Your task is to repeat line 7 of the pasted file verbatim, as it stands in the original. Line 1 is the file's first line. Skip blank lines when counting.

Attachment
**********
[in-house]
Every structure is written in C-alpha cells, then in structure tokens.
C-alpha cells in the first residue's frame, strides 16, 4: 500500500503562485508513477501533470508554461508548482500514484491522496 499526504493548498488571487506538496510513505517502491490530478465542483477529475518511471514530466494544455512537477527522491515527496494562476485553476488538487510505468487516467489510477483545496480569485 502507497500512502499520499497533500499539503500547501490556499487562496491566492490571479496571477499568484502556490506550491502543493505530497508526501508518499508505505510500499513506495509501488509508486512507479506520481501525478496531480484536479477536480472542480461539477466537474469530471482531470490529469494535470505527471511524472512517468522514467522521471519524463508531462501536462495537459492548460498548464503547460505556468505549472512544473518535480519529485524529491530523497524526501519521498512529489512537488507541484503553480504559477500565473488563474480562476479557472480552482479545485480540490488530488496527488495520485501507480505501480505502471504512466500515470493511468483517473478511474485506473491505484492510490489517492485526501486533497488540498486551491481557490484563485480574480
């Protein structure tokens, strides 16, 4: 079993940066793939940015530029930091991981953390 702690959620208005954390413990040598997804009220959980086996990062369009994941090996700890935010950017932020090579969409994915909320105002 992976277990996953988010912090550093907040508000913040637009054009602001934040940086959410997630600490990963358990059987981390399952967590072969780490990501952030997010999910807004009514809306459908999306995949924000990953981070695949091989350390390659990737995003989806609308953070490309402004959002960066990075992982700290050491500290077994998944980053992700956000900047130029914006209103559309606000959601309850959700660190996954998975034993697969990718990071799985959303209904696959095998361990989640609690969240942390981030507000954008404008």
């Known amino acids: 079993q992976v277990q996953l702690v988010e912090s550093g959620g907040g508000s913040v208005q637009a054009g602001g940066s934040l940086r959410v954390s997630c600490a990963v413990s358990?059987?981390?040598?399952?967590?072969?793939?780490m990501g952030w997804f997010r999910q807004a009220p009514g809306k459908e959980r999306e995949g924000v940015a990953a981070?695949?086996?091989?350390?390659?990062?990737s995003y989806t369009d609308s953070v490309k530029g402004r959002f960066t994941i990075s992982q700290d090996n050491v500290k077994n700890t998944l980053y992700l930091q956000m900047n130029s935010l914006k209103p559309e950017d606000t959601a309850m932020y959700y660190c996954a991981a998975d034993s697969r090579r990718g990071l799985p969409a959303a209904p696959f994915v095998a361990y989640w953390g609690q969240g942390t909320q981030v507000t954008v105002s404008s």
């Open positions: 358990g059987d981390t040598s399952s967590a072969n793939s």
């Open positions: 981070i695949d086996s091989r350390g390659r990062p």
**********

């Open positions: 981070i695949d086996s091989r350390g390659r990062p």